This cozy and small restaurant is located in a less visited part of Venice, San Polo and that’s one of the reasons I so wanted to go there. It serves a mixture of Greek and Middle Eastern cuisine, excellent choice of mezze and both vegan and vegetarian dishes are served along with gluten free option – something for everyone. The wine selection is also quite good and it includes wines from Greece, Lebanon and Armenia and if you haven’t tried them yet, go to your favourite winery immediately! Prices are average and you should spend around 20€ / 25€ per person. I went for lunch and it was really quite, however for dinner it is recommended to make a booking. See more here.

img_0411I had the ‘menù degustazione’ of the day, which included tzatziki, feta cheese, veggies with coconut and curry sauce, chicken with pomegranate and cardamom. Pita flatbread and Lebanese wine.

img_0407Wall decorations.

Bacari and Cicchetti

You can’t leave Venice without having tried its typical aperitivo, namely Aperol spritz and cicchetti, which are very similar to the Scandinavian open sandwiches, just a smaller version of it. You can find them everywhere at the famous Venetian bacari (the local name for bars where cicchetti are served). The most common one is made with salted codfish, cooked in several ways, so that one is a must on your platter! My favourite bacaro is Magna Bevi Tasi, 5 minutes from St. Marco square and they really have the very best. It’s family owned, as most places in Venice, and when I was there in mid-February they were serving spritz with Aperol made of Trevisano radicchio, which has a much more bitter taste and a burgund-ish colour.

img_0467From top left: ham with olives tapenade, turkey with rocket and mushrooms, salted cod fish with tomato, spicy tuna with chili, salami with tartare sauce and eggs with black truffle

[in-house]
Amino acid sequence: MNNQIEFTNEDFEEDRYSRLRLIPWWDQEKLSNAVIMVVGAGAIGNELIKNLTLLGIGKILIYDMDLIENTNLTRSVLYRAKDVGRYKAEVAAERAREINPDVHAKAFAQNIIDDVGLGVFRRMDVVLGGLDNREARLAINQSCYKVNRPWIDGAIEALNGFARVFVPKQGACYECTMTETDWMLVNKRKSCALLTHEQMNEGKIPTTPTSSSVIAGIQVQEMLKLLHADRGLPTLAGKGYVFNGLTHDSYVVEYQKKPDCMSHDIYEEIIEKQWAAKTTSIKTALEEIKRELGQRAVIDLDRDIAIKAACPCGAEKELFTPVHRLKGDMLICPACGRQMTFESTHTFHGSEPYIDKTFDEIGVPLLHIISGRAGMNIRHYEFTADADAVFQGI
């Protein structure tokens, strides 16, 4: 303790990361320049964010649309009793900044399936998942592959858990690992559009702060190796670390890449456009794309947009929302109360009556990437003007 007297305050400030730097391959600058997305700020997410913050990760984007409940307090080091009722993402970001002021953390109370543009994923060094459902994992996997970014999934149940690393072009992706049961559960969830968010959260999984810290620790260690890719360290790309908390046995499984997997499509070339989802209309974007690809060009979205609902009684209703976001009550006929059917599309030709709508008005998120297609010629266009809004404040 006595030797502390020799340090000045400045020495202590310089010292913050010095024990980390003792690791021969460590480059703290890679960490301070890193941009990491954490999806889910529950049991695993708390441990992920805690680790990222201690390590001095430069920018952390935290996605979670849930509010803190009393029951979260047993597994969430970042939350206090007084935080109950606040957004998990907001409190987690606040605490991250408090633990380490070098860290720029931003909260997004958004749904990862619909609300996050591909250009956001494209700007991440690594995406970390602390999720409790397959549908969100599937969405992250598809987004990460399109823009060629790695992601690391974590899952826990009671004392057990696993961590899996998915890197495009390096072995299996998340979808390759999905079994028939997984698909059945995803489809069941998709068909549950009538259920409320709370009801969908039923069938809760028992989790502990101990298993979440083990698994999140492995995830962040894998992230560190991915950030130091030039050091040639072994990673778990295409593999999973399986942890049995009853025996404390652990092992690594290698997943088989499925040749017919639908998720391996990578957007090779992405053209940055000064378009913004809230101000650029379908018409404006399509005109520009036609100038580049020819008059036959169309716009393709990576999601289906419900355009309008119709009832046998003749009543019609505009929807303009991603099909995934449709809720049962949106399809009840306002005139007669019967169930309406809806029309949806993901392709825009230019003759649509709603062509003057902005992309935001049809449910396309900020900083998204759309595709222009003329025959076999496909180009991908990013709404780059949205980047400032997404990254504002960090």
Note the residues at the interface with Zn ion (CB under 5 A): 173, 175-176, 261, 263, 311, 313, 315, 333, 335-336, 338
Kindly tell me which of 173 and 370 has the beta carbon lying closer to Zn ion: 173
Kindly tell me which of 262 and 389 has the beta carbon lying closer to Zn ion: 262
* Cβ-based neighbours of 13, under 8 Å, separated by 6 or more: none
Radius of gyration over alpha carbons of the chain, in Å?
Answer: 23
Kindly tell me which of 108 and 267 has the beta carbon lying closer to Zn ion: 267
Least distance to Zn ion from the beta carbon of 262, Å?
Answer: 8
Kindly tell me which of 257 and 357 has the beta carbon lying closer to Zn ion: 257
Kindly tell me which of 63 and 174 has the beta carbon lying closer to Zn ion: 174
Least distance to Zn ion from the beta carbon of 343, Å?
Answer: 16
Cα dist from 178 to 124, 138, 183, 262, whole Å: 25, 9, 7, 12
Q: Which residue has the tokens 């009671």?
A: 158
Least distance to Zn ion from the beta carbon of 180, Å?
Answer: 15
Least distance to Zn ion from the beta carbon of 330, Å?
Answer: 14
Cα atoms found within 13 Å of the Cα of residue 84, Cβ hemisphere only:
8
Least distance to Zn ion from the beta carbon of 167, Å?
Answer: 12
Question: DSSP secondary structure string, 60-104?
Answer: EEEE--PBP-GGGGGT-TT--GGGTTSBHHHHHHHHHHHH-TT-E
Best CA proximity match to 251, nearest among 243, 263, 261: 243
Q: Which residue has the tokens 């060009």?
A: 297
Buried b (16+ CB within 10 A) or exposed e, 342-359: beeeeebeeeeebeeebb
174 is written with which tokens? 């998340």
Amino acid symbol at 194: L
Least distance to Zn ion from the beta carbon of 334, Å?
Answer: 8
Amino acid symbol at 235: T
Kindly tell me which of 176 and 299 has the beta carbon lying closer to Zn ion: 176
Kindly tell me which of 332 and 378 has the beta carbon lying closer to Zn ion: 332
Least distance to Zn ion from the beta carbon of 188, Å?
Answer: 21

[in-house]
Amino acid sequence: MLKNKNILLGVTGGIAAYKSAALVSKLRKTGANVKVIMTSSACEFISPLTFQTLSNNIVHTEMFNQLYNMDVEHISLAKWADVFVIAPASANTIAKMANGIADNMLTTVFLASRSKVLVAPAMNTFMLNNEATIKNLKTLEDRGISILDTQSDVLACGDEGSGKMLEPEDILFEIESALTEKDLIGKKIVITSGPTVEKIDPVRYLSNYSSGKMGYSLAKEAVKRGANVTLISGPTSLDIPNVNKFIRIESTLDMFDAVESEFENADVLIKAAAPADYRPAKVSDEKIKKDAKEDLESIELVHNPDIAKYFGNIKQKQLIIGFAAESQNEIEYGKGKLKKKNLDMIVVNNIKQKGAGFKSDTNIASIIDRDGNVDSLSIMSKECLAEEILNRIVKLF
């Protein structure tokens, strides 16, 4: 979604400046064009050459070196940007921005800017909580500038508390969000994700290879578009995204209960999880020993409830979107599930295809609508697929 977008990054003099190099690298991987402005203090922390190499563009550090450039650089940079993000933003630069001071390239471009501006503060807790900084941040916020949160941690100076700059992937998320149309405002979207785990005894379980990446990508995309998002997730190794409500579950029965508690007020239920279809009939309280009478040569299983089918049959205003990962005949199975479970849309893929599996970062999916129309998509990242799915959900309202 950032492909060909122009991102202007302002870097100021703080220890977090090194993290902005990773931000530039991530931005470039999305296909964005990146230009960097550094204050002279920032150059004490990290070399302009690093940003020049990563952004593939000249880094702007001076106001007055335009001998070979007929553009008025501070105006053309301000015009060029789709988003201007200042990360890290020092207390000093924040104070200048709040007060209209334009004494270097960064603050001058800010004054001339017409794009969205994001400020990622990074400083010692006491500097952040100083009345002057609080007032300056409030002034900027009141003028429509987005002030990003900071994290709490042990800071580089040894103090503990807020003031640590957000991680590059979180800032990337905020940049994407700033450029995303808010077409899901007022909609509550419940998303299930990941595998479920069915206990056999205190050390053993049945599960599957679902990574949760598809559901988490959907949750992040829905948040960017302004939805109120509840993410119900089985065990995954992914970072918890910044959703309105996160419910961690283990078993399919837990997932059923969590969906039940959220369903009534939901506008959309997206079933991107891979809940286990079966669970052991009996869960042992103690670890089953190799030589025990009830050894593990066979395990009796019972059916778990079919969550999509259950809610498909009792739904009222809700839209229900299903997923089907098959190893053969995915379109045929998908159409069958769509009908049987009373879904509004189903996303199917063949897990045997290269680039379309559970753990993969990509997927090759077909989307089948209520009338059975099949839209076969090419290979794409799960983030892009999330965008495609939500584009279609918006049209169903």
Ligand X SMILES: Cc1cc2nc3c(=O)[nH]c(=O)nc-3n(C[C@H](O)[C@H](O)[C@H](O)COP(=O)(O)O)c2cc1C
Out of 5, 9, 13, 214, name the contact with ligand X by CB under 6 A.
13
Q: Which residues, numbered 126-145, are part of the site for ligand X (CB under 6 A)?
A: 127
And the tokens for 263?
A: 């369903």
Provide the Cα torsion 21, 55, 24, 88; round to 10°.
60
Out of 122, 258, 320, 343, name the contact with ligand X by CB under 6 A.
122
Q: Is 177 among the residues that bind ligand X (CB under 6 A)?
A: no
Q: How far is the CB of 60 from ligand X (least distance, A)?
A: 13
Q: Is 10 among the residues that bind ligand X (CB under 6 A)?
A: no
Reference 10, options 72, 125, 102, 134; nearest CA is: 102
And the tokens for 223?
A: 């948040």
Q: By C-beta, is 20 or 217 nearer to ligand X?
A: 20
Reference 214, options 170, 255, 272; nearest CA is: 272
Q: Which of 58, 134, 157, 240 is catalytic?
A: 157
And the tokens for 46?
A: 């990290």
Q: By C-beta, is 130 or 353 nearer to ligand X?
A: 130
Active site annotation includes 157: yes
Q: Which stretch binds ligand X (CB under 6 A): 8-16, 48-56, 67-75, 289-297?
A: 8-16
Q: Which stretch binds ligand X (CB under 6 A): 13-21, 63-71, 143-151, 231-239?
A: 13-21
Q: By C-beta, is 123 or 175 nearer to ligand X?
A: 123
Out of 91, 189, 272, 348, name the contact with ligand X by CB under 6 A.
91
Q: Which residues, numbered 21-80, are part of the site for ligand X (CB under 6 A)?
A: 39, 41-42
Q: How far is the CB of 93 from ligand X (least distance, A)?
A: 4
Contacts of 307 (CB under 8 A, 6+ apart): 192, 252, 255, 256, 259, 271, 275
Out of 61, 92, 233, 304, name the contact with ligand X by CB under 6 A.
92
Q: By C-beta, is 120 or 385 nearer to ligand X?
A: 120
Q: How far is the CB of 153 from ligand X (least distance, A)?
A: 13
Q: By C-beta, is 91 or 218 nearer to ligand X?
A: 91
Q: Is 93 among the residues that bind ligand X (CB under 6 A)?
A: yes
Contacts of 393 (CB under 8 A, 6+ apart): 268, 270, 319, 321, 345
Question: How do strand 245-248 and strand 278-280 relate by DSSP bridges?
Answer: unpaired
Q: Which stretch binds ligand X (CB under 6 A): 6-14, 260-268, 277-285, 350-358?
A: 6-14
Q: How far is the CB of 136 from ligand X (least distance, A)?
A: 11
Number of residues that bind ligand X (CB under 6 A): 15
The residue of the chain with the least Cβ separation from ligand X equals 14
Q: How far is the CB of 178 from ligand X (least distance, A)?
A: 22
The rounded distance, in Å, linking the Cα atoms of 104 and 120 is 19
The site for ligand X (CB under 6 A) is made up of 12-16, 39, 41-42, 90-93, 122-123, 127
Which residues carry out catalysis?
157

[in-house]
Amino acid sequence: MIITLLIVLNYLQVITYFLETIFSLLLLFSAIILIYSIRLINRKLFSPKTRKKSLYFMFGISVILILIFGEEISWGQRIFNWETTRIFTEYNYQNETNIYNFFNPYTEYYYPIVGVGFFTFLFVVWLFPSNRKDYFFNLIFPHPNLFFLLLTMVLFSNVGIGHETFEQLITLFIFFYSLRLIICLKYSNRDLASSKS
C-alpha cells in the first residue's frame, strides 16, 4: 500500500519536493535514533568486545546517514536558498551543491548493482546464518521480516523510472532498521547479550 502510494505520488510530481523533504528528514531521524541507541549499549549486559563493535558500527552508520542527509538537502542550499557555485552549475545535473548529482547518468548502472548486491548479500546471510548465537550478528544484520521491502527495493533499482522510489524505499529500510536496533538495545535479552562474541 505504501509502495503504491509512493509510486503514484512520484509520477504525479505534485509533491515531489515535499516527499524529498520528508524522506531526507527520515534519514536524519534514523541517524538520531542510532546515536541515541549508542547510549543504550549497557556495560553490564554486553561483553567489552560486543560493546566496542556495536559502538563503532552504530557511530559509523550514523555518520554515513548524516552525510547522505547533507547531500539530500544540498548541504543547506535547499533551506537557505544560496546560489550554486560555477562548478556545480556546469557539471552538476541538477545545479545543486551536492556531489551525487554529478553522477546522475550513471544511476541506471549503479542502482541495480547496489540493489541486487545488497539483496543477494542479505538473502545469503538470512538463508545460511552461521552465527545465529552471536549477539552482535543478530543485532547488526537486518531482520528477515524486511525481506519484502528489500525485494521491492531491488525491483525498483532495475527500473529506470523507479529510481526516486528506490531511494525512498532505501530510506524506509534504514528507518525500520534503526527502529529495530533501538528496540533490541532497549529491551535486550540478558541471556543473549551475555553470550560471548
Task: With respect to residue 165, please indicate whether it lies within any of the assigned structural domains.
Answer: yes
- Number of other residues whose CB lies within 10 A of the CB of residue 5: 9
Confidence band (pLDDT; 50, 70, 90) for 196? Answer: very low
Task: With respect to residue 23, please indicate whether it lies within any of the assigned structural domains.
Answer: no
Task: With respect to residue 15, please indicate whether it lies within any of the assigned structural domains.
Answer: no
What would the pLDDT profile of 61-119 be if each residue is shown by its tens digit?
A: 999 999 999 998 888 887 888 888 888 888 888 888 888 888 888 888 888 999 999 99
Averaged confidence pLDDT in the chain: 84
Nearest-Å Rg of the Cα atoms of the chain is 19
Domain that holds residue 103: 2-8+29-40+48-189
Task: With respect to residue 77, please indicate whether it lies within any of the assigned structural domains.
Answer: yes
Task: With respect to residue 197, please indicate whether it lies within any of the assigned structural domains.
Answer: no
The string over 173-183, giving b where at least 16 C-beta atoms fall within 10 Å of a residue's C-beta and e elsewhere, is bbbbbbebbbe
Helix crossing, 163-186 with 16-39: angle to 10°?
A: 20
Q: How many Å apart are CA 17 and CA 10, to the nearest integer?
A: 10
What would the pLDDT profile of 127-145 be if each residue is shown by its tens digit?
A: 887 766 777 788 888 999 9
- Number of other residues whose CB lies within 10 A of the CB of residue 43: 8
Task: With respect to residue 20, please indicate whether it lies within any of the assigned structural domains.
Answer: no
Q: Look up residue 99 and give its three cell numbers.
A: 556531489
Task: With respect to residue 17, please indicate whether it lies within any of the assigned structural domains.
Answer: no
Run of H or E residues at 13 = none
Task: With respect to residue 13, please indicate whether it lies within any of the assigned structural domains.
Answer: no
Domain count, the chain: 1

Venetian Street Food 

If you feel hungry on the way, why don’t indulge in some Venetian street food? The options are plenty, for all budgets and they are everywhere.

Oyster Bars

IMG_0355Little bar along the Fondamenta Zattere al Ponto Longo facing Giudecca

IMG_0484Around San Polo

Acqua & Mais


I spotted this little space, which is 8 minutes’ walk from Rialto Bridge going towards the University, only after having a massive lunch and I was so full that I really couldn’t have anything else. However, the food was so yummy and appealing, that I gave in and went for potato wedges with sea salt and rosmarin. Aqua & Mais specialise in fried sea food and vegetables on the go and they also have meat bites and gluten free options. Prices from 2€!


Pasta & Sugo


This new street food concept in Venice embraces the Italian dish per excellence – pasta! The concept is very easy and straightforward: first you choose your pasta, which will be cooked on the spot, and second you choose the sauce and that is pretty much it! The atmosphere is extremely cosy and modern and the brand has massively expanded its presence in many key cities and a London branch is set to be open this coming summer! Click here for more info. Meal deal with a drink is around 6€ and since it’s pasta and we are in Italy portions are huge and will keep you satisfyingly full for hours.